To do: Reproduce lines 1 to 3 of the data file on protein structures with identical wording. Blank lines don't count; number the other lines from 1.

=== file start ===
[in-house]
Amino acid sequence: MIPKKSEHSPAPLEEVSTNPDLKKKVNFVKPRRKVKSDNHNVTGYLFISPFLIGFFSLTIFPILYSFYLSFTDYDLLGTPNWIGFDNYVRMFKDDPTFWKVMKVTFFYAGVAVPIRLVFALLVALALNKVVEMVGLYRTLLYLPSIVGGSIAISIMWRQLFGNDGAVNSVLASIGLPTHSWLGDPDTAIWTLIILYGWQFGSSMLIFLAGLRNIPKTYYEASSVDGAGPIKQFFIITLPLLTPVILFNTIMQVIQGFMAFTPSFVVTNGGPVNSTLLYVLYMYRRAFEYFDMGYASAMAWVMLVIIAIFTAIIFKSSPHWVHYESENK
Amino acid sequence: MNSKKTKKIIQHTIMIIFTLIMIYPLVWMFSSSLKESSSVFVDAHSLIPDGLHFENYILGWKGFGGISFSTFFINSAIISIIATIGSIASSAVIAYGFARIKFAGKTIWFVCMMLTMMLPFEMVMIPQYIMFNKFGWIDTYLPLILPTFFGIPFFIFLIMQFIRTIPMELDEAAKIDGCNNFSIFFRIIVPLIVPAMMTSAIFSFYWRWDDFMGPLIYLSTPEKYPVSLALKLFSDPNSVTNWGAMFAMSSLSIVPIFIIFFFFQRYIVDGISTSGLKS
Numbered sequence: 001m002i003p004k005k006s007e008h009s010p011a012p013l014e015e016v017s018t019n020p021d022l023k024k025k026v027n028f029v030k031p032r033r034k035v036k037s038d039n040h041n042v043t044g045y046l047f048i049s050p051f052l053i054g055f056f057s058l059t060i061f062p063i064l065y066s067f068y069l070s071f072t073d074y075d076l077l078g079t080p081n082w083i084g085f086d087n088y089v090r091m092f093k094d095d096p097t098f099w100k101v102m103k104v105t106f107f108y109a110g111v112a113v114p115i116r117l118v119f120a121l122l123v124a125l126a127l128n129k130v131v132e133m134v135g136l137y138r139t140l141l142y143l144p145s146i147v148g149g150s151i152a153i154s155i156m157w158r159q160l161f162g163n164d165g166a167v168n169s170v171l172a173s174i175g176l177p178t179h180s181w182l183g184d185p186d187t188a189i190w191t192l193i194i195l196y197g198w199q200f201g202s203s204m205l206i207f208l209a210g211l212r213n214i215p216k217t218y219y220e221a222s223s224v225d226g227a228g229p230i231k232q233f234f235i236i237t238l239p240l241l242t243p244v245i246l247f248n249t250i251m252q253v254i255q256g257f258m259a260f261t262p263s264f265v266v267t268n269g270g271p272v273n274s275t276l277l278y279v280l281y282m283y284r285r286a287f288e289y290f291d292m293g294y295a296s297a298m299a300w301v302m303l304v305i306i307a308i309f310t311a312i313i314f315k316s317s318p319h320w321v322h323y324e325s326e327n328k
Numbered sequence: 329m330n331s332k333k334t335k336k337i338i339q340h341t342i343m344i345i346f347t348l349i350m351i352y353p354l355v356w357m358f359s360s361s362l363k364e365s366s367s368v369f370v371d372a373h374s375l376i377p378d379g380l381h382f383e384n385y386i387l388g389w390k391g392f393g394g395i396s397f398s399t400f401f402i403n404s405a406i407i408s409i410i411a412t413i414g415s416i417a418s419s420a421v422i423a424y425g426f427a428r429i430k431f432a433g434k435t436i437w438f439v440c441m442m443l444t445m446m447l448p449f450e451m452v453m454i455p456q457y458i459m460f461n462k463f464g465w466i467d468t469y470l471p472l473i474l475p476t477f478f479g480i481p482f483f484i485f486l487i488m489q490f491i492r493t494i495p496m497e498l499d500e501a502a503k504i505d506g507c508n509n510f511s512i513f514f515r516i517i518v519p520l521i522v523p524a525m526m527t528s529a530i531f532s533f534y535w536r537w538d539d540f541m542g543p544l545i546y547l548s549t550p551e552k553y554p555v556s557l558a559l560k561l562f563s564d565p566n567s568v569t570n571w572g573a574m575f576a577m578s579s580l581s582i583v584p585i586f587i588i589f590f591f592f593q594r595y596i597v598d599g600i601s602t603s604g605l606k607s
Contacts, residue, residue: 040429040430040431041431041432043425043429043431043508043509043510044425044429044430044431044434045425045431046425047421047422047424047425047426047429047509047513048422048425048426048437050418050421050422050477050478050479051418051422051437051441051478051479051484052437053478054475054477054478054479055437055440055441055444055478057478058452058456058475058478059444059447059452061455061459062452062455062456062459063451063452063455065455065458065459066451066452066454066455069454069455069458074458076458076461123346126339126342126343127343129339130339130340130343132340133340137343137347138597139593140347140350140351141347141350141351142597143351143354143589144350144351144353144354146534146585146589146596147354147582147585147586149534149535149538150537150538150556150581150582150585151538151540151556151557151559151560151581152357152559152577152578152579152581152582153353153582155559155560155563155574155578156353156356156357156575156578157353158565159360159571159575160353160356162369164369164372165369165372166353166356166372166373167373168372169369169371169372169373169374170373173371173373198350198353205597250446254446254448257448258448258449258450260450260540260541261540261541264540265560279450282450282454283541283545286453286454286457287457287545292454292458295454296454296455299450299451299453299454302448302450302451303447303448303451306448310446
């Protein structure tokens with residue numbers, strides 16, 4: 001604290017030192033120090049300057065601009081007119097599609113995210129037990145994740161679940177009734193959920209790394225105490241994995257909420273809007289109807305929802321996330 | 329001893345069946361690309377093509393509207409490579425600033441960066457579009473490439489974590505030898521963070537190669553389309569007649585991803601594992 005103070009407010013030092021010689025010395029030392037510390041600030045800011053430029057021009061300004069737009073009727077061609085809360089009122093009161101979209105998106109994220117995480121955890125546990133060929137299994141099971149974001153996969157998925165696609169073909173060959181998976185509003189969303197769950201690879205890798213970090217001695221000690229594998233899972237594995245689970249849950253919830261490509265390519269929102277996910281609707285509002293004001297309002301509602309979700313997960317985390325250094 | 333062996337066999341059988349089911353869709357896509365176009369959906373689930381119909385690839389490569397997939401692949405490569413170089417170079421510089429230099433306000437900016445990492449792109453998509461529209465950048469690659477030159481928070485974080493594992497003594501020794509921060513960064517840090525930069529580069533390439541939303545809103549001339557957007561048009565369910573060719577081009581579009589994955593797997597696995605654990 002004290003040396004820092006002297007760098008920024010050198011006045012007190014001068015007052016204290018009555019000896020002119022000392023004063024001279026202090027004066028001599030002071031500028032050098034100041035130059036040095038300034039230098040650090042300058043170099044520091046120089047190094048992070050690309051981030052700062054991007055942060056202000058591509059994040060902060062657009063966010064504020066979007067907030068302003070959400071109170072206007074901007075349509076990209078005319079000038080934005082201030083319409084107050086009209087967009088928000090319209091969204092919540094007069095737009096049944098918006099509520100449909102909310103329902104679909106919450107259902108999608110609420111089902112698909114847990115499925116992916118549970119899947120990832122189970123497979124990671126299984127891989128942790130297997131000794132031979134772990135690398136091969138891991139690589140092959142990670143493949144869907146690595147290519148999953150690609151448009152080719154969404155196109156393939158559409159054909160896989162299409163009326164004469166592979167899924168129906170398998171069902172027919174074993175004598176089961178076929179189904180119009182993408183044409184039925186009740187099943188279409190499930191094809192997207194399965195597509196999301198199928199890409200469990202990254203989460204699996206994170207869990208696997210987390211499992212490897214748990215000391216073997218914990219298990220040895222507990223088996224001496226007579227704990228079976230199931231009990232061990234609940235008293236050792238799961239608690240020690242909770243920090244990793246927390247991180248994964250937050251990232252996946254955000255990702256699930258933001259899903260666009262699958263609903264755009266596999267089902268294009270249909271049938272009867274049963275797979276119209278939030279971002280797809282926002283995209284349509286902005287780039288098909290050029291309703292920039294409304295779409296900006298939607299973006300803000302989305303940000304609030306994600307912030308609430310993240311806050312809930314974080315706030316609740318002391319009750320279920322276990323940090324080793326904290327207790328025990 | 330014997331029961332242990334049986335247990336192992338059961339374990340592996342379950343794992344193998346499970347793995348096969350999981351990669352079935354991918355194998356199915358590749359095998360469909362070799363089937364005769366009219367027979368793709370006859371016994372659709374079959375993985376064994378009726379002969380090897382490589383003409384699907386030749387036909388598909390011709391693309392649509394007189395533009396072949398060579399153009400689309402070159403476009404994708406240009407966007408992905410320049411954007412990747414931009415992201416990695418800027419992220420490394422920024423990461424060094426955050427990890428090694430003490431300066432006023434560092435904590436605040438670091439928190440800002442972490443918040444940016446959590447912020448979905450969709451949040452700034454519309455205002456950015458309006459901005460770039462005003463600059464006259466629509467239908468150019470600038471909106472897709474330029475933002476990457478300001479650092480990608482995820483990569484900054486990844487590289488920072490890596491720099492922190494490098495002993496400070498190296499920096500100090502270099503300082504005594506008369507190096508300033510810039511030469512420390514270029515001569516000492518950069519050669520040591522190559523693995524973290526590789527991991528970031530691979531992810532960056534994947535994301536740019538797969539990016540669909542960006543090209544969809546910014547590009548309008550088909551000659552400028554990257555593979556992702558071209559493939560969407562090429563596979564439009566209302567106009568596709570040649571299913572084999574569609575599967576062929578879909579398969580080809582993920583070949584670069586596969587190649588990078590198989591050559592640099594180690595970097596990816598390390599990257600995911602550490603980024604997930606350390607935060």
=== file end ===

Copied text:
[in-house]
Amino acid sequence: MIPKKSEHSPAPLEEVSTNPDLKKKVNFVKPRRKVKSDNHNVTGYLFISPFLIGFFSLTIFPILYSFYLSFTDYDLLGTPNWIGFDNYVRMFKDDPTFWKVMKVTFFYAGVAVPIRLVFALLVALALNKVVEMVGLYRTLLYLPSIVGGSIAISIMWRQLFGNDGAVNSVLASIGLPTHSWLGDPDTAIWTLIILYGWQFGSSMLIFLAGLRNIPKTYYEASSVDGAGPIKQFFIITLPLLTPVILFNTIMQVIQGFMAFTPSFVVTNGGPVNSTLLYVLYMYRRAFEYFDMGYASAMAWVMLVIIAIFTAIIFKSSPHWVHYESENK
Amino acid sequence: MNSKKTKKIIQHTIMIIFTLIMIYPLVWMFSSSLKESSSVFVDAHSLIPDGLHFENYILGWKGFGGISFSTFFINSAIISIIATIGSIASSAVIAYGFARIKFAGKTIWFVCMMLTMMLPFEMVMIPQYIMFNKFGWIDTYLPLILPTFFGIPFFIFLIMQFIRTIPMELDEAAKIDGCNNFSIFFRIIVPLIVPAMMTSAIFSFYWRWDDFMGPLIYLSTPEKYPVSLALKLFSDPNSVTNWGAMFAMSSLSIVPIFIIFFFFQRYIVDGISTSGLKS